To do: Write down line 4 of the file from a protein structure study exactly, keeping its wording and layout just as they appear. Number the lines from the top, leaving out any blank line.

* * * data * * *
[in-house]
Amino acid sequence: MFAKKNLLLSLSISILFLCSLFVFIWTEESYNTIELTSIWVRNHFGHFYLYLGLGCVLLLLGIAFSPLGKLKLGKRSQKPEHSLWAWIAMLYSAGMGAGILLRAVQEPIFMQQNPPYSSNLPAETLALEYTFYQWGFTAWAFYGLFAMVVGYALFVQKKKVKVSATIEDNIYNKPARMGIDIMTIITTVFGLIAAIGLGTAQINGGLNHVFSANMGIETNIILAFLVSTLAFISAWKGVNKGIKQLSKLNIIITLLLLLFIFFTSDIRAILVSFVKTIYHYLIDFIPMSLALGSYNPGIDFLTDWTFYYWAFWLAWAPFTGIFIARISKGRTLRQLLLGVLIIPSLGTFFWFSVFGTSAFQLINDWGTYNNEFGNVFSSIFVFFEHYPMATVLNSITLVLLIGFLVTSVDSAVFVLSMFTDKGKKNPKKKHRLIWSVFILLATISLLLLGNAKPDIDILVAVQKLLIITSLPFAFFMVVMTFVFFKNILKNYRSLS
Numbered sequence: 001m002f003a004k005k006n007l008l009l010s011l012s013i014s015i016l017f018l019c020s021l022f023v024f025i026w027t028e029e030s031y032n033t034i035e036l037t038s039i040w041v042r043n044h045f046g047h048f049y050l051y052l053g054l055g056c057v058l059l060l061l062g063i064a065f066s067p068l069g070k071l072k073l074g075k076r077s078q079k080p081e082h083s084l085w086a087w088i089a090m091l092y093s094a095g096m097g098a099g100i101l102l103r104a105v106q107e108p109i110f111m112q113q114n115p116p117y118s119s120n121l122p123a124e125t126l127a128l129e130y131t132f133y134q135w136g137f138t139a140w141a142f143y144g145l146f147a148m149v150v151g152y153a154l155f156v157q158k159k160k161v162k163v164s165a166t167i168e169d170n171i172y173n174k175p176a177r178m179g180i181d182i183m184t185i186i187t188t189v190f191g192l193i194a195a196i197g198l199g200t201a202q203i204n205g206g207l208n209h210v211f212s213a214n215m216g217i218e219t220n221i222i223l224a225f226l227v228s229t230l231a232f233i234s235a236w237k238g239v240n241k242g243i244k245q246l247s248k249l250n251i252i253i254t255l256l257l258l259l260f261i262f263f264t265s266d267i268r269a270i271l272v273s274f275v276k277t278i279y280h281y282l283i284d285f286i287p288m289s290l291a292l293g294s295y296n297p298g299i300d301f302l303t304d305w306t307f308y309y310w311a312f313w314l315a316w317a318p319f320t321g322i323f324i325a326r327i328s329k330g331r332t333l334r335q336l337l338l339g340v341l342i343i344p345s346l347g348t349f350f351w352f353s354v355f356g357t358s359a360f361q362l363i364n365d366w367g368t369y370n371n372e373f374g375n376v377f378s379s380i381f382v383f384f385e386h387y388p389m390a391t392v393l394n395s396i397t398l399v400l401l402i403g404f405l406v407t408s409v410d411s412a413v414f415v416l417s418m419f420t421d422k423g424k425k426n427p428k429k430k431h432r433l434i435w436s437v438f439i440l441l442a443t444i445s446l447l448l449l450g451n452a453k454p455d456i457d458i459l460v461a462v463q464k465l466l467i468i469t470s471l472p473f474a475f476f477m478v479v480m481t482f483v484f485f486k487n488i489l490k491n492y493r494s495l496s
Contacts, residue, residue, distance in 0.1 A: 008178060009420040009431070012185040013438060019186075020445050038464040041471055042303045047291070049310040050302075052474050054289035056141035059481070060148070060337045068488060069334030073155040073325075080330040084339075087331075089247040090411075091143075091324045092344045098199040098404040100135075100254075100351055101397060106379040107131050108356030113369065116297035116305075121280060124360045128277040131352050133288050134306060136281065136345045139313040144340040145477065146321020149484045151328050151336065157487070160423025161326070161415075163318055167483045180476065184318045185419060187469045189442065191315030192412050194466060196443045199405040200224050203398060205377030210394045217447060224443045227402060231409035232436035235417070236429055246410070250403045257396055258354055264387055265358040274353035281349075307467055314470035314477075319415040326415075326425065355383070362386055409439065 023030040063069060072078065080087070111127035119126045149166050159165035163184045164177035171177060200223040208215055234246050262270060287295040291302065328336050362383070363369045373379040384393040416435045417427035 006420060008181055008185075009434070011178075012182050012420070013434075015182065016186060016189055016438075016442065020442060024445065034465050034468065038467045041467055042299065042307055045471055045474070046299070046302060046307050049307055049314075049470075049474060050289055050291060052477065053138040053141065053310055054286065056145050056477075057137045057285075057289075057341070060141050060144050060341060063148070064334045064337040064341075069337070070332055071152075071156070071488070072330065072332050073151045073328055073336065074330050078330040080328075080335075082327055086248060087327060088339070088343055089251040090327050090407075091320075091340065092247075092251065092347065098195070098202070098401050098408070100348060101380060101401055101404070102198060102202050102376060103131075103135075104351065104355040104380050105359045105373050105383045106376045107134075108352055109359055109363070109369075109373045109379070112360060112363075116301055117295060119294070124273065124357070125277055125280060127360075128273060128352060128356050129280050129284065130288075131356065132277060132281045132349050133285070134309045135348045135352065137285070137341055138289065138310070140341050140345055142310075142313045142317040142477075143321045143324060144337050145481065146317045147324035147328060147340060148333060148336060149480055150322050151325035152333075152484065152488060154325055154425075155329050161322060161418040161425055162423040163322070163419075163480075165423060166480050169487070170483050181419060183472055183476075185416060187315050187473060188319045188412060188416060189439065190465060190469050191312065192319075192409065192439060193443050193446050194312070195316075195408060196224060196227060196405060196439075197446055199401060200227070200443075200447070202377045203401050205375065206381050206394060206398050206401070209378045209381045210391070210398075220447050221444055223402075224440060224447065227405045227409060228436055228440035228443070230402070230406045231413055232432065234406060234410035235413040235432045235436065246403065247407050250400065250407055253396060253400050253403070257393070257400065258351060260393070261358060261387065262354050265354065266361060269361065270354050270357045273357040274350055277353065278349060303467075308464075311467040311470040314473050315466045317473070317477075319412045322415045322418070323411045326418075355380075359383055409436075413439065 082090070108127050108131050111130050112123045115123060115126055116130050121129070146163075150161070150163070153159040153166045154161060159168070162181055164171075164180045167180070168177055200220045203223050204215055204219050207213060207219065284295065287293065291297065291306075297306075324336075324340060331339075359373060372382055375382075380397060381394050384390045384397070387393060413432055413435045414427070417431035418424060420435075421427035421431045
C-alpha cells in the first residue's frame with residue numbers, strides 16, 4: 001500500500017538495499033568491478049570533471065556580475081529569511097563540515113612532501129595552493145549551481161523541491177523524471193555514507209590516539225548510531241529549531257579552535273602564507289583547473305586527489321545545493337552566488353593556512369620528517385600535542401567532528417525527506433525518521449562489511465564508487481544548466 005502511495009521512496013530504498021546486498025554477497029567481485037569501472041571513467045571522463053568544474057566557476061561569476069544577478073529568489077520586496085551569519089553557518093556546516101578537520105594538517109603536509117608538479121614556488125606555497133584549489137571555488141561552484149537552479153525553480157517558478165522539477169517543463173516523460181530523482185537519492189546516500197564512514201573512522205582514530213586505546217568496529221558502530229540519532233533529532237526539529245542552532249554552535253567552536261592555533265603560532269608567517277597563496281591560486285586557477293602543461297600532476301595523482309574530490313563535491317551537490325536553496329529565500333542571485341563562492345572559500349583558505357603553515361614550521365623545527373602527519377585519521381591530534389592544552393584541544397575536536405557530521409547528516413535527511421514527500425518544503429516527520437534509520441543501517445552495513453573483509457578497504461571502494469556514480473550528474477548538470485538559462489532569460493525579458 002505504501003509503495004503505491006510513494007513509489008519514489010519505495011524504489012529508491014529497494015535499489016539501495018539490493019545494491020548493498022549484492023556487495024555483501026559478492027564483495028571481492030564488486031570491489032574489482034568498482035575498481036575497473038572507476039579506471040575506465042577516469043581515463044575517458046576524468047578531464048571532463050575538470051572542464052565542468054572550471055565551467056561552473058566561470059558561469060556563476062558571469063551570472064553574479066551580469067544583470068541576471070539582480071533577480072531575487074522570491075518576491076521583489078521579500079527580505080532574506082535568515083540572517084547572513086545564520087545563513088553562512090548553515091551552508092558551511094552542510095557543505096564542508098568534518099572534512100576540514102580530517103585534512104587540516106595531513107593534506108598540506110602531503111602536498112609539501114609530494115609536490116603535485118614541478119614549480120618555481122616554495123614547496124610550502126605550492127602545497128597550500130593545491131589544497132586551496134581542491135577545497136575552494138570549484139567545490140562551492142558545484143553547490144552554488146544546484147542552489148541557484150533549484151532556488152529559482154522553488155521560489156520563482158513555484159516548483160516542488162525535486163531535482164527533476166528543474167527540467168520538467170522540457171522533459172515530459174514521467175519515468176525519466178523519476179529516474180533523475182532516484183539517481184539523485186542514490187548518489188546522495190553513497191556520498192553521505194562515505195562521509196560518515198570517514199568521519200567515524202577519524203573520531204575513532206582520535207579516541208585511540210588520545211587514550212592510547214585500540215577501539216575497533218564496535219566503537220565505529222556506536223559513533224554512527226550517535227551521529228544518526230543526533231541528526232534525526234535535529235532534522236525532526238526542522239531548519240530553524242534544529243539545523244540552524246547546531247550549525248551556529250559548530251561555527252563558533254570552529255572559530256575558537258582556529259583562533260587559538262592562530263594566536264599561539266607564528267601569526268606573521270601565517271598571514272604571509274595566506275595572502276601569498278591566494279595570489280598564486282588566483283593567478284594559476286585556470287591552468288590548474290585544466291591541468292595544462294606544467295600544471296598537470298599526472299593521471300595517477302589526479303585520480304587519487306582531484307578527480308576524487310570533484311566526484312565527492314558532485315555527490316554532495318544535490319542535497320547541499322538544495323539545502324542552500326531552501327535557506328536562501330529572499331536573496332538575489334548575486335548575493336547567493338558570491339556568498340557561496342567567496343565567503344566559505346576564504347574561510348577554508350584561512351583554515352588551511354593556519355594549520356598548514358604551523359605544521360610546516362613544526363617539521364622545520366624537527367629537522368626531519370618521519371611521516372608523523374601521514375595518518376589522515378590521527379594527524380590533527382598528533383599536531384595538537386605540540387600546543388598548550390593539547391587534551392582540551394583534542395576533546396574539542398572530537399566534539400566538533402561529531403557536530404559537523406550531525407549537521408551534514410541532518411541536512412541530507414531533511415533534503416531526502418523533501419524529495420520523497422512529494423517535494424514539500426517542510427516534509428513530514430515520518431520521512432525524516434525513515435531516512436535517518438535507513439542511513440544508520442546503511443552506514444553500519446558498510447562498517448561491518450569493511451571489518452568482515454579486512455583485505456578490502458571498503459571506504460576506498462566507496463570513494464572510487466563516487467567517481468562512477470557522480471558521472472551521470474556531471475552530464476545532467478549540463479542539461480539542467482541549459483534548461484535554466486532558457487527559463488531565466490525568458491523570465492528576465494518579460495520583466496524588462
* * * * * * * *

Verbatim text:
Contacts, residue, residue, distance in 0.1 A: 008178060009420040009431070012185040013438060019186075020445050038464040041471055042303045047291070049310040050302075052474050054289035056141035059481070060148070060337045068488060069334030073155040073325075080330040084339075087331075089247040090411075091143075091324045092344045098199040098404040100135075100254075100351055101397060106379040107131050108356030113369065116297035116305075121280060124360045128277040131352050133288050134306060136281065136345045139313040144340040145477065146321020149484045151328050151336065157487070160423025161326070161415075163318055167483045180476065184318045185419060187469045189442065191315030192412050194466060196443045199405040200224050203398060205377030210394045217447060224443045227402060231409035232436035235417070236429055246410070250403045257396055258354055264387055265358040274353035281349075307467055314470035314477075319415040326415075326425065355383070362386055409439065 023030040063069060072078065080087070111127035119126045149166050159165035163184045164177035171177060200223040208215055234246050262270060287295040291302065328336050362383070363369045373379040384393040416435045417427035 006420060008181055008185075009434070011178075012182050012420070013434075015182065016186060016189055016438075016442065020442060024445065034465050034468065038467045041467055042299065042307055045471055045474070046299070046302060046307050049307055049314075049470075049474060050289055050291060052477065053138040053141065053310055054286065056145050056477075057137045057285075057289075057341070060141050060144050060341060063148070064334045064337040064341075069337070070332055071152075071156070071488070072330065072332050073151045073328055073336065074330050078330040080328075080335075082327055086248060087327060088339070088343055089251040090327050090407075091320075091340065092247075092251065092347065098195070098202070098401050098408070100348060101380060101401055101404070102198060102202050102376060103131075103135075104351065104355040104380050105359045105373050105383045106376045107134075108352055109359055109363070109369075109373045109379070112360060112363075116301055117295060119294070124273065124357070125277055125280060127360075128273060128352060128356050129280050129284065130288075131356065132277060132281045132349050133285070134309045135348045135352065137285070137341055138289065138310070140341050140345055142310075142313045142317040142477075143321045143324060144337050145481065146317045147324035147328060147340060148333060148336060149480055150322050151325035152333075152484065152488060154325055154425075155329050161322060161418040161425055162423040163322070163419075163480075165423060166480050169487070170483050181419060183472055183476075185416060187315050187473060188319045188412060188416060189439065190465060190469050191312065192319075192409065192439060193443050193446050194312070195316075195408060196224060196227060196405060196439075197446055199401060200227070200443075200447070202377045203401050205375065206381050206394060206398050206401070209378045209381045210391070210398075220447050221444055223402075224440060224447065227405045227409060228436055228440035228443070230402070230406045231413055232432065234406060234410035235413040235432045235436065246403065247407050250400065250407055253396060253400050253403070257393070257400065258351060260393070261358060261387065262354050265354065266361060269361065270354050270357045273357040274350055277353065278349060303467075308464075311467040311470040314473050315466045317473070317477075319412045322415045322418070323411045326418075355380075359383055409436075413439065 082090070108127050108131050111130050112123045115123060115126055116130050121129070146163075150161070150163070153159040153166045154161060159168070162181055164171075164180045167180070168177055200220045203223050204215055204219050207213060207219065284295065287293065291297065291306075297306075324336075324340060331339075359373060372382055375382075380397060381394050384390045384397070387393060413432055413435045414427070417431035418424060420435075421427035421431045